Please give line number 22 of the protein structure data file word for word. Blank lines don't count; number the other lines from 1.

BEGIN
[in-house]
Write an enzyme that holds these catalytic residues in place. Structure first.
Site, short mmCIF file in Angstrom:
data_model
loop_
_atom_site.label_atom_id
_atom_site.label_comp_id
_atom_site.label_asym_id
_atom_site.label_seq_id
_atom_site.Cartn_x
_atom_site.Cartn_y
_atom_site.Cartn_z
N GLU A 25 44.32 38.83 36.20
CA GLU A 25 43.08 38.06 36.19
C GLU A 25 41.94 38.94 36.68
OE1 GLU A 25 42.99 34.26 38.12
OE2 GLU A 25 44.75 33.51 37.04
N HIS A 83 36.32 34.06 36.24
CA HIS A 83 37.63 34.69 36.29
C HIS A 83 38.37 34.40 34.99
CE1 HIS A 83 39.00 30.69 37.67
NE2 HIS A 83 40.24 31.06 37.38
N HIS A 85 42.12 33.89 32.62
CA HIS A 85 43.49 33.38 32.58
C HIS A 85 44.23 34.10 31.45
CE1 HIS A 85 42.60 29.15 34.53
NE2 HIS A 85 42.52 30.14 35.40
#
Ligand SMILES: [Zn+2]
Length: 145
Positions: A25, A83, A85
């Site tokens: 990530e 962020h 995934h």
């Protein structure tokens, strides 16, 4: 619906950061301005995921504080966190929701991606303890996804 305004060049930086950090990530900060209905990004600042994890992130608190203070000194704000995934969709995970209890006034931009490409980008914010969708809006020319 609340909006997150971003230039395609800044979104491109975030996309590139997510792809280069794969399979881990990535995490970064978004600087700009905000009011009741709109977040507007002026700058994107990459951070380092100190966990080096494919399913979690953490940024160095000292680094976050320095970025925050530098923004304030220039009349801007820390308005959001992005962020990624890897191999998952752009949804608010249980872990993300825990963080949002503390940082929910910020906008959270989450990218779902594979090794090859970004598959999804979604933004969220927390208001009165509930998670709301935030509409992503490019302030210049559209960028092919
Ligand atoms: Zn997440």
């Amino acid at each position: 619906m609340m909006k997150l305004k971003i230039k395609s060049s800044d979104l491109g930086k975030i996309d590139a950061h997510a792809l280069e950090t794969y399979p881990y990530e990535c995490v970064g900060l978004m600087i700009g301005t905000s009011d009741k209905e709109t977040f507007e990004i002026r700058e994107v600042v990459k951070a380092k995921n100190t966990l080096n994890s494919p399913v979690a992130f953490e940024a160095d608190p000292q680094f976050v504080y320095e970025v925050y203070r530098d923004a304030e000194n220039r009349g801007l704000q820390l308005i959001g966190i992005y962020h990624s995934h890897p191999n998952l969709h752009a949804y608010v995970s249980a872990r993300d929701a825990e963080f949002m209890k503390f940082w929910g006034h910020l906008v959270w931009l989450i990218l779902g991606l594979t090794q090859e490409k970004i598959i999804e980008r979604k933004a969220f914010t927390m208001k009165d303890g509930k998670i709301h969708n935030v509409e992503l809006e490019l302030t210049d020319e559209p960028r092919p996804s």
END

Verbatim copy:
NE2 HIS A 83 40.24 31.06 37.38